A TOP police officer in charge of a unit behind an illegal spying mission on suspected journalists’ sources is to be summoned to Holyrood to explain the single force’s unlawful conduct.

The Justice Committee has agreed to call Police Scotland deputy chief constable Neil Richardson – a contender to take over from Sir Stephen House - to attend a hearing this month.

First Minister Nicola Sturgeon, who yesterday promised to protect police spending, also increased the pressure on the force by describing the breaches as “unacceptable”.

The Interception of Communications Commissioner’s Office (IOCCO) last week confirmed that Police Scotland had broken new rules on the use of surveillance powers to flush out suspected whistleblowers who may have spoken to journalists.

Since March, police officers have required judicial approval before using the Regulation of Investigatory Powers Act (RIPA) for this purpose.

The IOCCO found five “reckless” breaches affecting four individuals, all of whom are believed to be either serving or former officers.

The illegal spying occurred after the force’s Counter Corruption Unit (CCU) tried to find the sources of a Sunday Mail story in April into the botched police investigation into the murder of sex worker Emma Caldwell in 2005.

BACKGROUND TO A SCANDAL

HeraldScotland: Emma Caldwell

Picture: Emma Caldwell

At Holyrood yesterday, Justice Committee members lined up to back an inquiry into the scandal.

Liberal Democrat MSP Alison McInnes said: “The Commissioner said that he’d uncovered reckless behaviour. I think it’s pretty outrageous really that the police force has acted above the law.”

Tory MSP Margaret Mitchell said: “I think it is absolutely essential that we have some transparency and accountability on this.”

The Committee will call Mr Richardson, Justice Secretary Michael Matheson and representatives from the IOCCO and the Scottish Police Authority to the session on December 15.

One policing source said MSPs had a “great opportunity” to “shine a light” into the operations of the CCU, for which Mr Richardson has responsibility.

A decision on Sir Stephen's replacement is expected soon.

However, John McLellan, the director of the Scottish Newspaper Society (SNS), said the Committee should widen its remit to include potential spying abuses from before this year.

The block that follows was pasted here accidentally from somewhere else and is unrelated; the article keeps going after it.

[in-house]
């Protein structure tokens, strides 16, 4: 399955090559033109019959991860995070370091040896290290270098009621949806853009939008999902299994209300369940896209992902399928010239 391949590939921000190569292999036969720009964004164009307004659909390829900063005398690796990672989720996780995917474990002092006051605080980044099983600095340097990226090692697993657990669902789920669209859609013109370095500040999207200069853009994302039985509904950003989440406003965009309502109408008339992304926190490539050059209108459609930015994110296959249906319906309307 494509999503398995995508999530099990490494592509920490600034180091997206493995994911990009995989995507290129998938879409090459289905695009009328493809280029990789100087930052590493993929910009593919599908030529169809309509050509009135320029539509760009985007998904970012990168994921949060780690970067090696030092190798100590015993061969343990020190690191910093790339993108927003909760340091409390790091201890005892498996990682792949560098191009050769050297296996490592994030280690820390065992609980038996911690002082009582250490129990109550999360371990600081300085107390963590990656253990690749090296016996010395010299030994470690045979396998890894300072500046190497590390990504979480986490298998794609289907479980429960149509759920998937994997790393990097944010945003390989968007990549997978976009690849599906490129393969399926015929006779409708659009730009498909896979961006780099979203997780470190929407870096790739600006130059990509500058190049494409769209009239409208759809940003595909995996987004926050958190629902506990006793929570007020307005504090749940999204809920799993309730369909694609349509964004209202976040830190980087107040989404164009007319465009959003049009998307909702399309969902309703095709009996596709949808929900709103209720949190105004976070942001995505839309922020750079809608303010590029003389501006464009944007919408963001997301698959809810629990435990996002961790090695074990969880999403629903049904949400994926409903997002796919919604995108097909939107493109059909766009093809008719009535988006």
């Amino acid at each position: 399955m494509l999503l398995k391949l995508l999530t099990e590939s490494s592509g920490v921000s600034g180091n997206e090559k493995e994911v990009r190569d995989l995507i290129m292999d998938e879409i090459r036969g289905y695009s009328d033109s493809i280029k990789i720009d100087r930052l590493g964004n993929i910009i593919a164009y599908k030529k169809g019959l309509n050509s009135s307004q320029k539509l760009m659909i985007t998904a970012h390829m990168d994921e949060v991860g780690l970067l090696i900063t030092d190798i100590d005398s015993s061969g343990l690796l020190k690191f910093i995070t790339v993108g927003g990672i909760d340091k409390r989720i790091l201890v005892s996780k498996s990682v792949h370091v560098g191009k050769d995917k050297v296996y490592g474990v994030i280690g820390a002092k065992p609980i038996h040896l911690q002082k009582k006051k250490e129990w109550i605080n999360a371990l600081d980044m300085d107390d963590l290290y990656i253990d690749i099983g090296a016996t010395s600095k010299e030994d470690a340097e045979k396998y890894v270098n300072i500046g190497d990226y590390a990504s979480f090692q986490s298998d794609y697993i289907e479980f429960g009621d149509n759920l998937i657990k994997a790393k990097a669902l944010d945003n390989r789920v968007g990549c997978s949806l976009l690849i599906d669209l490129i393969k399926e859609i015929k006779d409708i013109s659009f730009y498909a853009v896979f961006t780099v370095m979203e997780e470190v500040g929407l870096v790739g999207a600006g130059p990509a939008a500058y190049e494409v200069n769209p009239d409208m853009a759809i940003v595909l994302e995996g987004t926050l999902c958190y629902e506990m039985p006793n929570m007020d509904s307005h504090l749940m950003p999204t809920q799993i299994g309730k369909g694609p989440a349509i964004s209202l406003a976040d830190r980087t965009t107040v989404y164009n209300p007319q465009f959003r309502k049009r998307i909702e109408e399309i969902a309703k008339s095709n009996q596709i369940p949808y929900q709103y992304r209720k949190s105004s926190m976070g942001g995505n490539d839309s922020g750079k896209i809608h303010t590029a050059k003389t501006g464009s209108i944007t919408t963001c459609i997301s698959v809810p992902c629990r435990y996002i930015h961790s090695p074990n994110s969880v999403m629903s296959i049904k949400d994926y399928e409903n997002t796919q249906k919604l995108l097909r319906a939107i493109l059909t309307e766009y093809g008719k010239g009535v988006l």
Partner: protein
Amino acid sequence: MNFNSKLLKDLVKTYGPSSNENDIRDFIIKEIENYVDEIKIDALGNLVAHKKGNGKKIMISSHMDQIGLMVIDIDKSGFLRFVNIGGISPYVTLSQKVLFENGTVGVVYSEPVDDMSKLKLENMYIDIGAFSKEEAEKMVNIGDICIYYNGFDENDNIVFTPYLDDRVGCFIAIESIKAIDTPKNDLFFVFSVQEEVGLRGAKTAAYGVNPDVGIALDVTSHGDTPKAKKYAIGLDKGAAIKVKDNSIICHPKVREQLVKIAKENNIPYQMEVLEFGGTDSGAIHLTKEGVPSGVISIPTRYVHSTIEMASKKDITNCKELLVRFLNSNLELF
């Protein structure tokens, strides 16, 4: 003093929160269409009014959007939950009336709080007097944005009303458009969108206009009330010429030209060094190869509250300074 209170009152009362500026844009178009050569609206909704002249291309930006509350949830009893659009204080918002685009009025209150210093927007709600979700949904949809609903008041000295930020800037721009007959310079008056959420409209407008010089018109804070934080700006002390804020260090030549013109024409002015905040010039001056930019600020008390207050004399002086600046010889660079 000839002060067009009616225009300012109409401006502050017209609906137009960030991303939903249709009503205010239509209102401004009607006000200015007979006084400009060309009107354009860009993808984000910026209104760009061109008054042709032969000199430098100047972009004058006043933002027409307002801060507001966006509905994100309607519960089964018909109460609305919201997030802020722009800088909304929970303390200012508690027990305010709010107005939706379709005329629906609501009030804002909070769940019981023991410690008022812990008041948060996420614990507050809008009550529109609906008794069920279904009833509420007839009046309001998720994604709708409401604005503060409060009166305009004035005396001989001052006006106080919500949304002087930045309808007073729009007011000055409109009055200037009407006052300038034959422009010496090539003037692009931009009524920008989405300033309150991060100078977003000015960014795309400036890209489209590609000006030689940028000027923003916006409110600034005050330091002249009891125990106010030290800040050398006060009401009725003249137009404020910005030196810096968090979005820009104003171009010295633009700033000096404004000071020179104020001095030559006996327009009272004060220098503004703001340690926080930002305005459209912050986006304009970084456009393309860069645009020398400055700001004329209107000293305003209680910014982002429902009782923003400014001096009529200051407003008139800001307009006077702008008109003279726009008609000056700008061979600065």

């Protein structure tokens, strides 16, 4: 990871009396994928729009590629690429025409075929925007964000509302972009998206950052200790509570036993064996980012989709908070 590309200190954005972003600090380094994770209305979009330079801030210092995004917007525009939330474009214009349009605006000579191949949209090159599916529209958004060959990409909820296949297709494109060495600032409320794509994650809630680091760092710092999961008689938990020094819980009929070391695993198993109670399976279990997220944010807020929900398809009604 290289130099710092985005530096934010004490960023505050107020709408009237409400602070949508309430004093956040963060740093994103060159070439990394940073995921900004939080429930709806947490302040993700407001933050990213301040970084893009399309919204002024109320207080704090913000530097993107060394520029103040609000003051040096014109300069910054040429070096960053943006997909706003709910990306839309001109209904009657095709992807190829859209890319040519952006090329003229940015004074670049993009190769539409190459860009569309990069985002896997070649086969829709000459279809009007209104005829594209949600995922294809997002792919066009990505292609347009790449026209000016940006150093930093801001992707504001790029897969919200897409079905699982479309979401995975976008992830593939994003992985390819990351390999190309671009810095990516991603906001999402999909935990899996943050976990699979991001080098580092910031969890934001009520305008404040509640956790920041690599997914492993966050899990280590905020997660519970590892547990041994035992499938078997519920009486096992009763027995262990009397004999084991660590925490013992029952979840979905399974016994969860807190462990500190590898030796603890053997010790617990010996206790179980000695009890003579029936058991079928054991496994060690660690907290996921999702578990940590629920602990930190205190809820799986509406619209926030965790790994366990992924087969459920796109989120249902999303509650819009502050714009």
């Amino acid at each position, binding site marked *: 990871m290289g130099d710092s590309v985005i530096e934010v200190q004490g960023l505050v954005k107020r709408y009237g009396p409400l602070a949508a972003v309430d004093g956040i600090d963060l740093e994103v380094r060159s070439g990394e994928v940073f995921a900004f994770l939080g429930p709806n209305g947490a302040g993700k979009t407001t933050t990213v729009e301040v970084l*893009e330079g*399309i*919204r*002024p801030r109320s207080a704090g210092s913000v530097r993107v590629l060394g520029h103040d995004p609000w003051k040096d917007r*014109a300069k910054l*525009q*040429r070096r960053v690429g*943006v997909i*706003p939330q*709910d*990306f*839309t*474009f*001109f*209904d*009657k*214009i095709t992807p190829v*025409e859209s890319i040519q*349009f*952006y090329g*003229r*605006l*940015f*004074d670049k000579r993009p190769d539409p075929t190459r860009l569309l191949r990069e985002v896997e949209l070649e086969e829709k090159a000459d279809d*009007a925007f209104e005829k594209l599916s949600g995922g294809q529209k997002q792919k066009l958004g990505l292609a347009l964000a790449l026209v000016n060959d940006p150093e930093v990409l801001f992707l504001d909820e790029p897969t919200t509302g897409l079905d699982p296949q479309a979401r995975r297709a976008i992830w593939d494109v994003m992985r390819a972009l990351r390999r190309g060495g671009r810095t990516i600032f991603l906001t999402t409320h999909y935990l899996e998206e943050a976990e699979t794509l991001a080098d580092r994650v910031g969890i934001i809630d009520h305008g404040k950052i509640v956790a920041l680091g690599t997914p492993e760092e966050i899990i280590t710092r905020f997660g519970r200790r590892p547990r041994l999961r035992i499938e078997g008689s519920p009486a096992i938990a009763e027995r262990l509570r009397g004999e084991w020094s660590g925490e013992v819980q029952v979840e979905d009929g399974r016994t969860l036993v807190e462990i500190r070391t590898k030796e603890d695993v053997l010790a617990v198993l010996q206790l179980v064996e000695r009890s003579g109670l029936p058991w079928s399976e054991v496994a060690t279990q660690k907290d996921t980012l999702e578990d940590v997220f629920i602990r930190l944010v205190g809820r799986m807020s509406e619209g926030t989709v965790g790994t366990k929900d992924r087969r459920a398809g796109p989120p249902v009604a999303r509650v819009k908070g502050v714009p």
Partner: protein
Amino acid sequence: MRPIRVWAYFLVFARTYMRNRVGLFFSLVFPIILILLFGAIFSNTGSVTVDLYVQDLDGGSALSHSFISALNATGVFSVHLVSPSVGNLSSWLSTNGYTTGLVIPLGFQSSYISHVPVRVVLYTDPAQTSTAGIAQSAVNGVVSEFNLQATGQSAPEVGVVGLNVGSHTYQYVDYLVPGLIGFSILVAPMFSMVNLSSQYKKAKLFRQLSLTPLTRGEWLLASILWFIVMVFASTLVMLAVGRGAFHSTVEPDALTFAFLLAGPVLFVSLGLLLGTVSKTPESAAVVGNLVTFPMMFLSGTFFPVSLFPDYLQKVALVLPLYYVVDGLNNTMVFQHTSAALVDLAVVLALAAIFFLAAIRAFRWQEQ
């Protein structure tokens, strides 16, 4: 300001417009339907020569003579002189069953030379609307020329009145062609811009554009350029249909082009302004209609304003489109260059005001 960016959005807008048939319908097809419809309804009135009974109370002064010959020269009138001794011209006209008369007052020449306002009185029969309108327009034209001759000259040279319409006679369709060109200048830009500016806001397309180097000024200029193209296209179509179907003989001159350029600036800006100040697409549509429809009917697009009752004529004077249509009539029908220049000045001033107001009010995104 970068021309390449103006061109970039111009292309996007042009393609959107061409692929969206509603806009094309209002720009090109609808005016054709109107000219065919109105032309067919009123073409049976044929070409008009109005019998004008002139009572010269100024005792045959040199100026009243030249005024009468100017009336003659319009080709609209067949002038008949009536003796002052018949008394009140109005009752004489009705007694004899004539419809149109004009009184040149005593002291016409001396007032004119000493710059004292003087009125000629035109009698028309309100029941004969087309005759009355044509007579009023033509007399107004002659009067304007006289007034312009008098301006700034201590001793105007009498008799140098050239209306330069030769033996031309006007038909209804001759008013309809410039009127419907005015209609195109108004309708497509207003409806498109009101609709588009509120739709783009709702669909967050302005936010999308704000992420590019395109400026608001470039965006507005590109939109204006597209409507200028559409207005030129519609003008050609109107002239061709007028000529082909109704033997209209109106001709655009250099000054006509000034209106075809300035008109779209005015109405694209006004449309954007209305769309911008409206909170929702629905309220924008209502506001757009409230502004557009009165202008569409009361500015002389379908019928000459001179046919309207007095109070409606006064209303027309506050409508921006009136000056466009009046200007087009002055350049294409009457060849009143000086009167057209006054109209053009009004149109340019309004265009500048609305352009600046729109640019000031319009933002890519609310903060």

He said: “We have been trying to get information on police snooping that predates the new rules, going back to the pre-Police Scotland era.

"The SNS thinks the Committee should broaden the remit beyond the IOCCO report, because this report may only be scratching the surface. There’s an opportunity for full disclosure here.”

At a press conference yesterday, Ms Sturgeon said of the IOCCO report: “I think the findings there are serious and – as Michael Matheson said last week and I will say again today – breaches of this nature are unacceptable.”

BACKGROUND: THE FIRST MINISTER HAS KNOWN OF THE ALLEGATIONS FOR 5 MONTHS

She also said the Government had been in contact with the force to ensure it had the "capacity" that would be required to deal with a Paris-style terror attack, adding: “Given the security situation that we face I am confirming today that the police budget will be protected. We will increase the revenue budget of the Scottish Police Authority in real terms in order to deliver that protection.”

HeraldScotland: Handout photo issued by the Scottish Government dated 10/10/14 of Deputy First Minister Nicola Sturgeon as Scotland's political parties are due to submit their proposals to the commission tasked with agreeing more powers for the Scottish Parliament follow

Meanwhile, at a separate committee hearing yesterday, Mr Richardson said he would welcome “flexibility” when considering whether the country still needed over 17,000 police officers.

The SNP has delivered 1,000 extra officers on top of 2007 levels, but critics say the policy has made balancing the books more difficult.

Mr Richardson said: "I absolutely want as much flexibility as I can. I think the debate is in the wrong place. The numbers part is less important than the money part, and I'm more interested in what settlement I can secure and from that how best to deliver the necessary policing services across Scotland."

Justice Committee Convener Christine Grahame said: "The Committee is clear that the IOCCO's findings raise significant concerns and throw up serious questions.

"The Committee has therefore agreed to call Deputy Chief Constable of Police Scotland Neil Richardson, the IOCCO, an SPA representative, and the Cabinet Secretary of Justice to give evidence at its meeting on 15 December."